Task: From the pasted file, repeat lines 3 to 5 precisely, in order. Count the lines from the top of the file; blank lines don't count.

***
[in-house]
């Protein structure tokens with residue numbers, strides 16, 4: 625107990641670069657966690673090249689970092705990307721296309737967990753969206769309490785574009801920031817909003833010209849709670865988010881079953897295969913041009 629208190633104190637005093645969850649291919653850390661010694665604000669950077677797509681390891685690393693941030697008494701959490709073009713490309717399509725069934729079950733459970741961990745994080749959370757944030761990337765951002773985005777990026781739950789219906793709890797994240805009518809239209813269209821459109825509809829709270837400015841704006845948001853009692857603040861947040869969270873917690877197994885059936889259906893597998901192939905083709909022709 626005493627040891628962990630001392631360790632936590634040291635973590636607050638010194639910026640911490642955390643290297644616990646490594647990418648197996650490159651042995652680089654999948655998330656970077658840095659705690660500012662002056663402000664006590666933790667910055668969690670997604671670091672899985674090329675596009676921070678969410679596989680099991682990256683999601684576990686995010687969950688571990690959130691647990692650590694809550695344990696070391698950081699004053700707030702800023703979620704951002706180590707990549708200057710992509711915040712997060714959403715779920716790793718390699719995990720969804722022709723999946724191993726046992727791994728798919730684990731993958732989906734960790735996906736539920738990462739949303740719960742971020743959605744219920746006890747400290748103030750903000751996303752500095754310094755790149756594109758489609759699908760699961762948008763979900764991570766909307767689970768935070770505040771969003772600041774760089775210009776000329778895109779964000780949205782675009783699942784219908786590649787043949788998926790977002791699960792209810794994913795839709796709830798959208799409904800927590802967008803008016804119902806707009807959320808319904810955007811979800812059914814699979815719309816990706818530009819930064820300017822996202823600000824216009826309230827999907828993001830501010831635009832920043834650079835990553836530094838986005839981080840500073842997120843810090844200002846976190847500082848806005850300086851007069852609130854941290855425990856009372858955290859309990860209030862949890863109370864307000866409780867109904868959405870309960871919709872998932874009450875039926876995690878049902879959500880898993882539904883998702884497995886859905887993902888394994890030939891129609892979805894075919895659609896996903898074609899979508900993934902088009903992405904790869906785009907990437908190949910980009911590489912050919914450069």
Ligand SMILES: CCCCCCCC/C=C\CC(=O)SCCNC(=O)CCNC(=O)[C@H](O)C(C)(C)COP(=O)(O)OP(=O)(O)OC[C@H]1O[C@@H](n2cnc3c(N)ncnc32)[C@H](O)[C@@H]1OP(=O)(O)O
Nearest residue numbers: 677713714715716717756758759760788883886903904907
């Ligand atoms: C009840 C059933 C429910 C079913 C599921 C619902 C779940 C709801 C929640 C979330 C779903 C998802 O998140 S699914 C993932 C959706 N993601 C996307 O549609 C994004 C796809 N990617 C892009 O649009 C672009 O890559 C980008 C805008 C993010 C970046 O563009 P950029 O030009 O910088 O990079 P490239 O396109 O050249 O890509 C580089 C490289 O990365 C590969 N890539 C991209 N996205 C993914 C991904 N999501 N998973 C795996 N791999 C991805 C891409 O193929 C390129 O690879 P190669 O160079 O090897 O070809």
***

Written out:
Ligand SMILES: CCCCCCCC/C=C\CC(=O)SCCNC(=O)CCNC(=O)[C@H](O)C(C)(C)COP(=O)(O)OP(=O)(O)OC[C@H]1O[C@@H](n2cnc3c(N)ncnc32)[C@H](O)[C@@H]1OP(=O)(O)O
Nearest residue numbers: 677713714715716717756758759760788883886903904907
């Ligand atoms: C009840 C059933 C429910 C079913 C599921 C619902 C779940 C709801 C929640 C979330 C779903 C998802 O998140 S699914 C993932 C959706 N993601 C996307 O549609 C994004 C796809 N990617 C892009 O649009 C672009 O890559 C980008 C805008 C993010 C970046 O563009 P950029 O030009 O910088 O990079 P490239 O396109 O050249 O890509 C580089 C490289 O990365 C590969 N890539 C991209 N996205 C993914 C991904 N999501 N998973 C795996 N791999 C991805 C891409 O193929 C390129 O690879 P190669 O160079 O090897 O070809």